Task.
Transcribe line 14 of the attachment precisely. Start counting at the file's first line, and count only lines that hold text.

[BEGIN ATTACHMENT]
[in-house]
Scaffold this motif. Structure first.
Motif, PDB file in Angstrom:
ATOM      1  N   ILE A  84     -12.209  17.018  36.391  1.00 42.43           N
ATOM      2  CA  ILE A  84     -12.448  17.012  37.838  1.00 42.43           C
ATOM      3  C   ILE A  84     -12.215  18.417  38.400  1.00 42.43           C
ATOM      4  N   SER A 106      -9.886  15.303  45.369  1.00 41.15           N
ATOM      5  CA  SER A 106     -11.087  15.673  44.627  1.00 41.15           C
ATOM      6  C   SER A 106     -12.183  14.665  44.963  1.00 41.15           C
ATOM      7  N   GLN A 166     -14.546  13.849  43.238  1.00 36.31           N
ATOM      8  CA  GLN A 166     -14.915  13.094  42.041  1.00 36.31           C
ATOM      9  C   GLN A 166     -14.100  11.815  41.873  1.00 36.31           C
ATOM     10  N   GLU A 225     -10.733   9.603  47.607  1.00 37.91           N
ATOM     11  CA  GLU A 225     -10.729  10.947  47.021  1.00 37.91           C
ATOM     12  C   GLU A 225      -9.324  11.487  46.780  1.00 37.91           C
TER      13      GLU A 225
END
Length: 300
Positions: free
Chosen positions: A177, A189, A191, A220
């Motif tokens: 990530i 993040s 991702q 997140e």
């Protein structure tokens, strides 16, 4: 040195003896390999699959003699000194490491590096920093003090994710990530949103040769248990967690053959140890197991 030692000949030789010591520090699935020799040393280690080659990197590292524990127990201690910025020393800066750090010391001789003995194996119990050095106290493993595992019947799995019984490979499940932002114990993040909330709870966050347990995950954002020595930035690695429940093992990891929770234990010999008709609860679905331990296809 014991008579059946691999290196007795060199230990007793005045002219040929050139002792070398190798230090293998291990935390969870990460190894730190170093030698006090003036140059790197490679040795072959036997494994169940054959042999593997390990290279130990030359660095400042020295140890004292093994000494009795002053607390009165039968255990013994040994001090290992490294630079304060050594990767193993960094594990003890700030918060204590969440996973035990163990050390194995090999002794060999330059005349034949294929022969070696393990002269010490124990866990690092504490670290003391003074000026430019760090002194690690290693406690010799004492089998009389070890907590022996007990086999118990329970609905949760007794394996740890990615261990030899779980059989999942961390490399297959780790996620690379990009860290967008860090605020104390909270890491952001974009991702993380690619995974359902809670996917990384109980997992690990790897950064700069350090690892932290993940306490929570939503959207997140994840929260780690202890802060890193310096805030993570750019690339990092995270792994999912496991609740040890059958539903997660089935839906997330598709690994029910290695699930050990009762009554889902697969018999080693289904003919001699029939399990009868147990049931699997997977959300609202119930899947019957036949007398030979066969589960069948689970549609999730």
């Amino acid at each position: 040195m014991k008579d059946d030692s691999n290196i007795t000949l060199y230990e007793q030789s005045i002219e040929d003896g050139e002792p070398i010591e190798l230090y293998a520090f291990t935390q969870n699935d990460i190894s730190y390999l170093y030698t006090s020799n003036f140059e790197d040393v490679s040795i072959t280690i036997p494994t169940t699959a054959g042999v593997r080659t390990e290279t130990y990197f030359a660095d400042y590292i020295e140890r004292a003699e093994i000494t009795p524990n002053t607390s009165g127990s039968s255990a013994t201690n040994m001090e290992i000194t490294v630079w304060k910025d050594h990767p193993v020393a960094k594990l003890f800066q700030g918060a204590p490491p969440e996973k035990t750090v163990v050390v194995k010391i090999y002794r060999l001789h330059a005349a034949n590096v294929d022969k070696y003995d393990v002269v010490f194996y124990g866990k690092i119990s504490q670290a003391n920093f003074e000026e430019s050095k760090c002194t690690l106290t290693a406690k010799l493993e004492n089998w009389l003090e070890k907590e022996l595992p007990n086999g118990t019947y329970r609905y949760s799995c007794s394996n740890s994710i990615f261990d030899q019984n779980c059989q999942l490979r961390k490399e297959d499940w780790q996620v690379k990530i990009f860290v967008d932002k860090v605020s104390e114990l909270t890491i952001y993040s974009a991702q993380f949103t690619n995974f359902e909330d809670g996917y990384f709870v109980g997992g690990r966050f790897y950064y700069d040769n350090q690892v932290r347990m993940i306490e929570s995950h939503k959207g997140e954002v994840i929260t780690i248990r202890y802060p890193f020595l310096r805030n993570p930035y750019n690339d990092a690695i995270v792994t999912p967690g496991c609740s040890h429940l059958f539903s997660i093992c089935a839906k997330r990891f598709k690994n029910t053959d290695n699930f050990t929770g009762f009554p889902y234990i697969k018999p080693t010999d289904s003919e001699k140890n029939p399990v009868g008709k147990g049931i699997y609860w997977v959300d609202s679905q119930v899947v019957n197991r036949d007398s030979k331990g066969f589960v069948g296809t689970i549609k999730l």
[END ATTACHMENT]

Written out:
ATOM     11  CA  GLU A 225     -10.729  10.947  47.021  1.00 37.91           C